Recollection Cues

Collectible Cues, Cases & Quality Players


Ron Haley is looked up to by other cuemakers as a cuethier who takes his time, makes great cues with extreme precision, and consistently takes traditional designs and makes them something special.  This cue is a good example.

Getting a nice Ron Haley cue feels like winning the lottery.  He makes a very limited number of cues each year and has something like a ten year waiting list.  But what makes them more difficult to obtain is that when people get them, they seldom let go of them.  I was fortunate to buy this one, not just because it's a Haley, but because it's one of the prettiest I've seen.

Like most Haleys, it's a traditional design - a four point maple birdseye nose with rosewood points and butt sleeve.  It has beautiful stylized Fleur D'Lis inlays of ivory into the points, accentuated with silver bars and ivory dots.

The yellow, orange, red and black veneers give this cue some "pop" and really add to its overall appearance.  As usual with his cues, the inlays and veneers are done with complete precision.  His cues are always clean, classy and sophisticated.

Ron's cues don't just look great, they play great.  That's a big part of why they're in such demand.  They have an old-school, solid hit that isn't easy to find anymore.  I test-hit this cue, and was almost shocked at how good it hit.  

He wraps this in beautifu brown elephant hide, with a perfect thickness, and it appears to be seamless at first glance.  You have to search under a good light to find the seam, which is almost invisible.  

I love the way he designed the butt sleeve on this cue.  Again, it's very traditional, but the large ivory boxes with the classy inlays and the silver ring just above the white Hoppe-style ring all go together perfectly.  Again, note the attention to detail on the Hoppe ring - he puts black construction paper above and below the ivory ring to give it a nice, crisp look.

When you look at a cue like this one, what initially hits you is its beauty.  But when you look more closely you realize that a lot of subtle little things have been done that contribute to that wonderful first impression.  For example, the Fleur D'Lis inlays have a distinctive look that make them stand out.  It's because he uses a black acrylic around them to make them jump out at you.   It's the same with the small ivory dots.  And, the veneers.  Each set of veneers is separated from the rosewood points by black construction paper so the two don't bleed together.   Take a look at the ivory boxes in the butt.  Each one is surrounded with black construction paper to clearly differentiate them from the surrounding veneer.  It's these little touchs that add up to complete the overall distinctive look of the cue.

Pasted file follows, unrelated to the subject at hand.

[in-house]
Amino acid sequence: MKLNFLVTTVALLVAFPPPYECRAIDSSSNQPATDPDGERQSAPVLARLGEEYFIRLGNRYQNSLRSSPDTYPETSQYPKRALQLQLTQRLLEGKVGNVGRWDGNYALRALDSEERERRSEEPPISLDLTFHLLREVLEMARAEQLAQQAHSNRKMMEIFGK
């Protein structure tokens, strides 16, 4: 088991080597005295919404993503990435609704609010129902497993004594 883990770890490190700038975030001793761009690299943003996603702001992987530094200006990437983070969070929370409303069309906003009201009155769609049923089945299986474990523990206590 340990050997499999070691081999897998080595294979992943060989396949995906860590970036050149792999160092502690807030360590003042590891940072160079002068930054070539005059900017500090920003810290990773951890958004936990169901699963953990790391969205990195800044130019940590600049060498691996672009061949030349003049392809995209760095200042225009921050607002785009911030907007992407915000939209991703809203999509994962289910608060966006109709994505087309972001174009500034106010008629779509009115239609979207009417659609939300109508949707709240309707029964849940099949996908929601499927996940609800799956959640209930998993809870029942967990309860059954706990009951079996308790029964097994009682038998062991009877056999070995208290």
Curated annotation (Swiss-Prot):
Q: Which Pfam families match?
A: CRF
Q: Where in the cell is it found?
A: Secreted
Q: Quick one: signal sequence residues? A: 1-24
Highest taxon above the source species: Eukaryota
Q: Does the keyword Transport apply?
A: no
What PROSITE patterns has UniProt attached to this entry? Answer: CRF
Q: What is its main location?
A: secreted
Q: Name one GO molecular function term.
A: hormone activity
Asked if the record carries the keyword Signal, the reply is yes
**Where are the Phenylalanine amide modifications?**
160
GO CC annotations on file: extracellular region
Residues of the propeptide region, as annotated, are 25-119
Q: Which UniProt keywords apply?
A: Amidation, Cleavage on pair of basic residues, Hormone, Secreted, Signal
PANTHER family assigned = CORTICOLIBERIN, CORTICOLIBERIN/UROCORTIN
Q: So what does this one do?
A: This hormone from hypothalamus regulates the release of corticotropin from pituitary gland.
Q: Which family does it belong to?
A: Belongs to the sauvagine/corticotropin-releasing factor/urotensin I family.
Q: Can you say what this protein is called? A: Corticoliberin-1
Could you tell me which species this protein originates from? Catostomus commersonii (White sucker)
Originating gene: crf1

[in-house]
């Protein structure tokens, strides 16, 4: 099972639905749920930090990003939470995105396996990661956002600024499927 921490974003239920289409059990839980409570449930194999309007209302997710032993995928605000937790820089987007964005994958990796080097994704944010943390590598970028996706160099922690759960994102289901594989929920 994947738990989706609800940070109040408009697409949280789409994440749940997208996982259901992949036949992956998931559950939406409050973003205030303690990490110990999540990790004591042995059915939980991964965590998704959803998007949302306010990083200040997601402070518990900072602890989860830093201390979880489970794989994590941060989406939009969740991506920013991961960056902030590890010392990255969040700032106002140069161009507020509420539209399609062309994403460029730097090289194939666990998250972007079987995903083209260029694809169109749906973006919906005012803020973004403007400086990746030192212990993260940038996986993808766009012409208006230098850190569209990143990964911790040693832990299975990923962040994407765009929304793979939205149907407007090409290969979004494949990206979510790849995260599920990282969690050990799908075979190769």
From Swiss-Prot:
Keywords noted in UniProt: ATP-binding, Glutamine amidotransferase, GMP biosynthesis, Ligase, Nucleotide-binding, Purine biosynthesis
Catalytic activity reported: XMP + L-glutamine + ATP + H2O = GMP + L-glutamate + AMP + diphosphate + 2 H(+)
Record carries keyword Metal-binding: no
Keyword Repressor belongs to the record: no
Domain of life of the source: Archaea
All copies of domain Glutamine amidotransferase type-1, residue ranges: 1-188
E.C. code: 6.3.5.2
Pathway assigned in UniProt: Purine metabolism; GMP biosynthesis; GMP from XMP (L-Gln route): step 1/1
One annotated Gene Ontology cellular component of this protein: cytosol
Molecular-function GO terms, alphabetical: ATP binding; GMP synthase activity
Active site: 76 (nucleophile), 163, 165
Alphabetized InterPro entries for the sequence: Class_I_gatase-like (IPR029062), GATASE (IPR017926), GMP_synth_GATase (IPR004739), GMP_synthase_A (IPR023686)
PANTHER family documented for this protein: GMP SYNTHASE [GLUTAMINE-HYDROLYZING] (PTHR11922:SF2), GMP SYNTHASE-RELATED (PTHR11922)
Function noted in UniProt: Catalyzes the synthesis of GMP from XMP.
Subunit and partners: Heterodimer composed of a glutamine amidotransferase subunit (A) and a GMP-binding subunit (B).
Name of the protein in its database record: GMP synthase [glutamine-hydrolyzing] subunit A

He built this cue with a solid stainless-steel piloted joint with a 5/16 X 10 bolt.  But to appreciate this joint, you have to have it in your hands and screw it together.  It's the best compression joint I've ever felt.  About a 1/4 inch  before it joins, it starts to tighten up, and when it finally joins completely, it has tight and solid as a joint can be.  I think it a big part of the solid hit that this cue displays.  

As with almost all Haley cues, the ring pattern is his "go to" dot-dash, Morse-code type ring.  This is probably the key identifier of his cues.  A couple of other cuemakers have done rings similar, but he is the only one I know of to use this exact pattern, and use it consistently.

This stick is signed, dated and numbered in three different places - on the butt bolt, just below the joint on the maple nose, and inside the joint.  This one is number 203, built in 2016.  It comes with his standard, custom built joint protectors.  They are just black delrin, and nothing fancy, but they are custom, compression fitted to fit nice and snug.

This cue weighs 19.4 ounces and is 58 inches long.  It comes with two 13mm shafts with ivory ferrules.  
It is currently not for sale.